It seems likely that physicians and hospitals will continue to be challenged by the expanding Meaningful Use requirements that must be met to receive incentive payments, and that increasingly they will look beyond the EHR to innovative analytics and insights platforms to help them meet these requirements while simultaneously improving the health of their patients.

CHIME calls for ‘laser-like focus’ on interoperability and a new timeline to implement Stage 3

The College of Healthcare Information Management Executives (CHIME) urged the federal government on Dec. 14, 2015, to give healthcare providers more time to adjust to recent changes to the Meaningful Use program before mandating new Stage 3 requirements. CHIME said extending the timeframe for Stage 3 no sooner than 2019 would allow all stakeholders – policymakers, providers, and vendors – to fully implement modifications made in October to Stage 2, and to focus energies on the critical issue of interoperability.

“CHIME members are committed to the goals of the Meaningful Use program,” said CHIME Board of Trustees Chair Charles E. Christian, CHCIO, LCHIME, FCHIME. “We have made significant progress in implementing information technology systems to improve patient care and reduce costs. However, we do not believe that the course laid out by the Centers for Medicare & Medicaid Services for Stage 3 will help us achieve some important goals, including better alignment of quality improvement efforts and widespread health information exchange. We need to let providers and vendors continue down the adoption curve and perfect systems that many are still putting in place.”

What’s needed now, Christian added, is a laser-like focus on interoperability. Central to that is finding a safe, secure, and accurate methodology for patient identification. Also, Christian said, there needs to be a concerted effort to protect patients’ health information from cyber threats and data breaches. Christian also noted concerns among CIOs and IT vendors that the Stage 3 timeline is unrealistic for ensuring that certified products are available in the marketplace.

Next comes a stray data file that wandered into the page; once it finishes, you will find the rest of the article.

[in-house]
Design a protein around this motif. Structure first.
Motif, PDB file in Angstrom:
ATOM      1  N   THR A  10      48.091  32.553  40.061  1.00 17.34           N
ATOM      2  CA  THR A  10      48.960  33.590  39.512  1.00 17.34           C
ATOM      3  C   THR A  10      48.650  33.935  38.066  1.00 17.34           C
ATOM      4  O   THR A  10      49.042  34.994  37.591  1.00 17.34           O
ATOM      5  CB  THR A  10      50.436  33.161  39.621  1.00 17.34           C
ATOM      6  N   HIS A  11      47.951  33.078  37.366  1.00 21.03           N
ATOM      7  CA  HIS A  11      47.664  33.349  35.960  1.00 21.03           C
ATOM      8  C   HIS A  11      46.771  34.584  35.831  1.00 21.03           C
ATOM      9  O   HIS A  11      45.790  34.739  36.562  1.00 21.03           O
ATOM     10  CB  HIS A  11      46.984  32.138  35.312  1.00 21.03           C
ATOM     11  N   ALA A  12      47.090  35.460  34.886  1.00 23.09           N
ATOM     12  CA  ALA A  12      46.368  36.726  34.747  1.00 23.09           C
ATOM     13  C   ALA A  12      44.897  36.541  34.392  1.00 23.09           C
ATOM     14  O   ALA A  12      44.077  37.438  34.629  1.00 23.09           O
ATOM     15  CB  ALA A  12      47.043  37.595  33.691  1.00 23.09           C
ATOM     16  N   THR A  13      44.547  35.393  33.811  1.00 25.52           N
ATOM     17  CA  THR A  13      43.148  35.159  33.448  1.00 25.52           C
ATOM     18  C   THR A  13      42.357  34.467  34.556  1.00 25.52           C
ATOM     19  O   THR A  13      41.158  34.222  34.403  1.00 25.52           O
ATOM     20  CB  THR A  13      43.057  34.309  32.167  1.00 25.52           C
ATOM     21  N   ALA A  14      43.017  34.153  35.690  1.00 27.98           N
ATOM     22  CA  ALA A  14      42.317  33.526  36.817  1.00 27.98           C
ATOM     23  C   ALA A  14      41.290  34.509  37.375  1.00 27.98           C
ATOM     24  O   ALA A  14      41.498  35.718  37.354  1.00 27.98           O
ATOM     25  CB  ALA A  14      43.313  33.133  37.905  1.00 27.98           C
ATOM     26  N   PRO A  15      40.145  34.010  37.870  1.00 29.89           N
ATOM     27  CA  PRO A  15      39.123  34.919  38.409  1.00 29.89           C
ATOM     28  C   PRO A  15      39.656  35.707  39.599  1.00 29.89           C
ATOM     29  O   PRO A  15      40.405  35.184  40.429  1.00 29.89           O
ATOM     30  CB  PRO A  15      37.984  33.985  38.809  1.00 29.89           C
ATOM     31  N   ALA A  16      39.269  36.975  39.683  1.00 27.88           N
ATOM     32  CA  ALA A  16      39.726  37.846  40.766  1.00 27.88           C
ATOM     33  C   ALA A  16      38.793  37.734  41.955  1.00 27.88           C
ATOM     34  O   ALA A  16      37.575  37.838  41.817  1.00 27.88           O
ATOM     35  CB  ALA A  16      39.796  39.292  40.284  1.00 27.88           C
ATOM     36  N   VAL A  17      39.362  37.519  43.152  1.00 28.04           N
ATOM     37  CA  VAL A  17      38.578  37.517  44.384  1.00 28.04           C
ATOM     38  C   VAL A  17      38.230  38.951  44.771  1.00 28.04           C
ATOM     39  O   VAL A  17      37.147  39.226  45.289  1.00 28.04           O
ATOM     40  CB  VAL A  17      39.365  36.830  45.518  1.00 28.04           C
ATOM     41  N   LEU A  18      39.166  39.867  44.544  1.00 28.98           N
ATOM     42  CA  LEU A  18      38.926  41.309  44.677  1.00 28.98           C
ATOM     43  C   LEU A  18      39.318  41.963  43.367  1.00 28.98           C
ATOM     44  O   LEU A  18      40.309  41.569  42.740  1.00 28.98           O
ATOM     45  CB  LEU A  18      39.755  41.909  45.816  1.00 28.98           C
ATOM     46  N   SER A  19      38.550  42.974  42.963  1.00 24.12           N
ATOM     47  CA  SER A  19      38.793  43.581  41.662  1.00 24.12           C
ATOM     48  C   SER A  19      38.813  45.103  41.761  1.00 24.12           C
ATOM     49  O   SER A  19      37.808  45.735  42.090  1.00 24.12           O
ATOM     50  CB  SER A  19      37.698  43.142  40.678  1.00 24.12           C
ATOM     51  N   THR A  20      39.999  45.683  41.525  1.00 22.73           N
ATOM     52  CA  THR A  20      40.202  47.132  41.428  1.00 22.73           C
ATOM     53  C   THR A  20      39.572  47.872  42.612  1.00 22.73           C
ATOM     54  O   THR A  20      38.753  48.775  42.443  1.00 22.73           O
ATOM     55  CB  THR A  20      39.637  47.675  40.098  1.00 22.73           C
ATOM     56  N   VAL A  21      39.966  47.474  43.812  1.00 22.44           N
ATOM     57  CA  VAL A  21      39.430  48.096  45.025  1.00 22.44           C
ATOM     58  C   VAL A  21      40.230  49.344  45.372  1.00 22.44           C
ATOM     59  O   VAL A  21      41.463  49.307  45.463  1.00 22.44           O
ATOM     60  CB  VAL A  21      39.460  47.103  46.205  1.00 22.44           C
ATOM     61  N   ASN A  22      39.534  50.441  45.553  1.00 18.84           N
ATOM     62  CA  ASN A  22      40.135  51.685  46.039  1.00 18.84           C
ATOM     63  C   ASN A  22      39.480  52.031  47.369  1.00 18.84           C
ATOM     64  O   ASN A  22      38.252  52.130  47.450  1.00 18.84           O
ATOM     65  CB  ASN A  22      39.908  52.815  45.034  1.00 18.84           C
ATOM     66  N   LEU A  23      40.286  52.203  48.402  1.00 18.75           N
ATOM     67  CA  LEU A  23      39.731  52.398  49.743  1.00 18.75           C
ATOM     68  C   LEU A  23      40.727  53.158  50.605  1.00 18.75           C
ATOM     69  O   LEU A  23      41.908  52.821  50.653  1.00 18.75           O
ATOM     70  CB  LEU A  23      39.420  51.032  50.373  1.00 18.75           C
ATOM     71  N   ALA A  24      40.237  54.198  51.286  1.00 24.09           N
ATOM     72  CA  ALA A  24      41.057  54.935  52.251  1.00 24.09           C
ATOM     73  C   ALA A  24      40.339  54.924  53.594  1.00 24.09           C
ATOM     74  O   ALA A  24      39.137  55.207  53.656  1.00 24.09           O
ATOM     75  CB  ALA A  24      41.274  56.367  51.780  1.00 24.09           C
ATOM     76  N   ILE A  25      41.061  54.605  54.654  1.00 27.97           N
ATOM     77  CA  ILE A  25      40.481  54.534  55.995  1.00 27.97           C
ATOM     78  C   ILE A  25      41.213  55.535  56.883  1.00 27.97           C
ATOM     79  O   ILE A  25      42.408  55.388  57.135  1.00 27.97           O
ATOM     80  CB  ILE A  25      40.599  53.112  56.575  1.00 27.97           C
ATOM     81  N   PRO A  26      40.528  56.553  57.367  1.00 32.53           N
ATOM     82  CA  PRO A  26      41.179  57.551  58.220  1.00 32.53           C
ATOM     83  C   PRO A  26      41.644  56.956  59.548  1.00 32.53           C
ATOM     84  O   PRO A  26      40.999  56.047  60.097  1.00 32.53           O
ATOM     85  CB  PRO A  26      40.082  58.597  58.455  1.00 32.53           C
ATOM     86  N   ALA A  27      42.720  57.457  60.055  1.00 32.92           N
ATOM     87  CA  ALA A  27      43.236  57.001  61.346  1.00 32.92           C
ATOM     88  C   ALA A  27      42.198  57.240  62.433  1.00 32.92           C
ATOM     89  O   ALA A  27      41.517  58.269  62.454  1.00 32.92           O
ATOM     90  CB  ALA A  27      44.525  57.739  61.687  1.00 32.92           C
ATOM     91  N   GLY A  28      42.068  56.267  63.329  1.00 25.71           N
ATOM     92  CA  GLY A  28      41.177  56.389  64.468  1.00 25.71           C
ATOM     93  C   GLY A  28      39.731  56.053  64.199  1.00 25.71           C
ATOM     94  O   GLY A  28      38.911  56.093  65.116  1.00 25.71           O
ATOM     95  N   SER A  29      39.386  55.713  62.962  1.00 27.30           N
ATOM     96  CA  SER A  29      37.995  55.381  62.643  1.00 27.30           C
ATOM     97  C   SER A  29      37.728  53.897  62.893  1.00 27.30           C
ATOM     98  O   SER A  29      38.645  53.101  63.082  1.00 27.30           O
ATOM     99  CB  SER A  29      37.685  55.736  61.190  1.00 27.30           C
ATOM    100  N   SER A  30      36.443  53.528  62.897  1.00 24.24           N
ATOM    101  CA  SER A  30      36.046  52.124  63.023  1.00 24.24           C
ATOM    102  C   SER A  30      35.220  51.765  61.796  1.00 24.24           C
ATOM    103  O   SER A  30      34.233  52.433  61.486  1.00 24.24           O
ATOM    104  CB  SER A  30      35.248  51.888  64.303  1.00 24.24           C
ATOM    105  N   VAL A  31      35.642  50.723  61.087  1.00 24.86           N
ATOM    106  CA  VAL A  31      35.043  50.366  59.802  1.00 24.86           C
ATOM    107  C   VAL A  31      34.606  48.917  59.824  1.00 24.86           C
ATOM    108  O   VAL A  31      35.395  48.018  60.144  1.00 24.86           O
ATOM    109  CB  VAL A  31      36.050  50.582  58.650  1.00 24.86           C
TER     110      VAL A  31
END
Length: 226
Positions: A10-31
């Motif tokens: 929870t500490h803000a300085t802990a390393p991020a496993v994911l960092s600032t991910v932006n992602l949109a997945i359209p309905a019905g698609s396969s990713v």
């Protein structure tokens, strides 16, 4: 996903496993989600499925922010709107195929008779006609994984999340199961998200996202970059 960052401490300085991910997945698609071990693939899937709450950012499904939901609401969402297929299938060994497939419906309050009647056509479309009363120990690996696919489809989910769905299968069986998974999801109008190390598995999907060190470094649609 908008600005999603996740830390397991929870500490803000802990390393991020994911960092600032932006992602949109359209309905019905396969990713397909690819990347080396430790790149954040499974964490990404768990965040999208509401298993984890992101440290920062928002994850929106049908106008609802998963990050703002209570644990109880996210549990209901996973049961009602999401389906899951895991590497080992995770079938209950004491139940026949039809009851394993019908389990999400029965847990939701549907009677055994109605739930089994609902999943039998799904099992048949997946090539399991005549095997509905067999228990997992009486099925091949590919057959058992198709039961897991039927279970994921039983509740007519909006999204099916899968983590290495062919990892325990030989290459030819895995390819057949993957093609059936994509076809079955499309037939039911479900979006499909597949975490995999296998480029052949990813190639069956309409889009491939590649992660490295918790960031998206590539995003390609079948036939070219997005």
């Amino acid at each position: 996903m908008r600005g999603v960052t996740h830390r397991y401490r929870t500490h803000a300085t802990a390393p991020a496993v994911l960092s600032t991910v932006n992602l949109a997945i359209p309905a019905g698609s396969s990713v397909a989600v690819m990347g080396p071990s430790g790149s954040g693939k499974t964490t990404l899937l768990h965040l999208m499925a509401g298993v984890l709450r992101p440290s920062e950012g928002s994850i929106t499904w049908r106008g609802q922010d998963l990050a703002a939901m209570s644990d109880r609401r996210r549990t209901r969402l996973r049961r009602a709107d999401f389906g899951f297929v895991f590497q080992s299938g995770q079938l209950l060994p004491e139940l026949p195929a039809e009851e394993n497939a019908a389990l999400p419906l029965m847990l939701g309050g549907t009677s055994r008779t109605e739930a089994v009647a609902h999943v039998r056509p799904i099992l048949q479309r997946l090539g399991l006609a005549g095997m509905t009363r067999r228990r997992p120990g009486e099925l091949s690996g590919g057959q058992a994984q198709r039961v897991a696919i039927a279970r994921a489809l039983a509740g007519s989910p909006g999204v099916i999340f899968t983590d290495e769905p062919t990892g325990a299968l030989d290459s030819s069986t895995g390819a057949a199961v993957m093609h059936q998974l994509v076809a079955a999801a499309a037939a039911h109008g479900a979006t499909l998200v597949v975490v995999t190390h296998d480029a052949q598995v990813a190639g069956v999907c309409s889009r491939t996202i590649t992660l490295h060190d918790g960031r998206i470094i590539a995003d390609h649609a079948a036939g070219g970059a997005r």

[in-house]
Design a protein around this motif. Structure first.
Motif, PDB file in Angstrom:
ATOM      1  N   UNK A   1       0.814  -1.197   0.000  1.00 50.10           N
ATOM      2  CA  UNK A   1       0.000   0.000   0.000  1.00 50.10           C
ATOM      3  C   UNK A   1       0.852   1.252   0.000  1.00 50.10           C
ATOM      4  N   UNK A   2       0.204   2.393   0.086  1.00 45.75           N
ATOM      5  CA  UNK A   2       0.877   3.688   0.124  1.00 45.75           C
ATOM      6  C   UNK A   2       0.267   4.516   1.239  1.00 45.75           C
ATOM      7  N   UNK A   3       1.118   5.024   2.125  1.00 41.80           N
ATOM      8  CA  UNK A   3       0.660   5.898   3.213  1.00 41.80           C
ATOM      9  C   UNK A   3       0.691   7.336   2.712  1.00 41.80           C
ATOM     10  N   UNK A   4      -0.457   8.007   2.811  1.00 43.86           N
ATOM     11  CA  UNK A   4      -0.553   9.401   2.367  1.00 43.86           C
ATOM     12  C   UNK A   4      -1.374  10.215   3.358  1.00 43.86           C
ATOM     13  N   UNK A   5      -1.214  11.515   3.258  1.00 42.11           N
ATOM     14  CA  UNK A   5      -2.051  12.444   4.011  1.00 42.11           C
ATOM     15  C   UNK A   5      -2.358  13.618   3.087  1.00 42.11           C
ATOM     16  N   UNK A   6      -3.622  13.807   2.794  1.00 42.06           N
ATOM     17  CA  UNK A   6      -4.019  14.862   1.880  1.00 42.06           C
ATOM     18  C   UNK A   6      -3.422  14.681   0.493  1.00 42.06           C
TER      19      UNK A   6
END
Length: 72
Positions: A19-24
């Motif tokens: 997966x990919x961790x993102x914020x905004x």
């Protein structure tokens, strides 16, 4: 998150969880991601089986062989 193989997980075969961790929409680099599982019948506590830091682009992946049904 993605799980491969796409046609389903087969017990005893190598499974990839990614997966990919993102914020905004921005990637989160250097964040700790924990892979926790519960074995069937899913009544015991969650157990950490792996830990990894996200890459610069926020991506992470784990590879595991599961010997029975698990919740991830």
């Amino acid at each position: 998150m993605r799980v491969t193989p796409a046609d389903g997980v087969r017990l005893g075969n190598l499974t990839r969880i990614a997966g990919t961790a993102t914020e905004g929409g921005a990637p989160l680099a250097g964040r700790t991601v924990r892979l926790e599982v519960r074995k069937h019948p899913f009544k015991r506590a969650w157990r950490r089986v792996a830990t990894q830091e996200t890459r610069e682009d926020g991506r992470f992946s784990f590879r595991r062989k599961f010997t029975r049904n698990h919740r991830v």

In written comments to CMS on Stage 3 regulations that were published in October, CHIME called for:

  1. Starting Stage 3 no earlier than 2019 and only after 75 percent of all eligible providers have met Stage 2;
  2. Removing the 2017 transitional year for meeting Meaningful Use Stage 3 and requiring 2015 Edition CEHRT no earlier than 2018;
  3. Creating a 90-day reporting period for every year of the program, including the first year at Stage 3, to allow providers adequate time for upgrades, planned downtime, fixes related to technology, or optimizing the use of new technology within workflows;
  4. Creating parity for both eligible providers (EPs) and eligible hospitals (EHs) by removing the existing pass/fail approach for Meaningful Use; and
  5. Reducing the burden for providers by streamlining reporting redundancies and refraining from requiring data collection and submission on measures that do not advance patient care.

“CHIME appreciates the increased flexibility CMS created in Stage 2 and the agency’s willingness to receive comments on Stage 3 regulations,” Christian said. “We are all striving to create a more efficient delivery system; one that improves patient care and lowers costs.”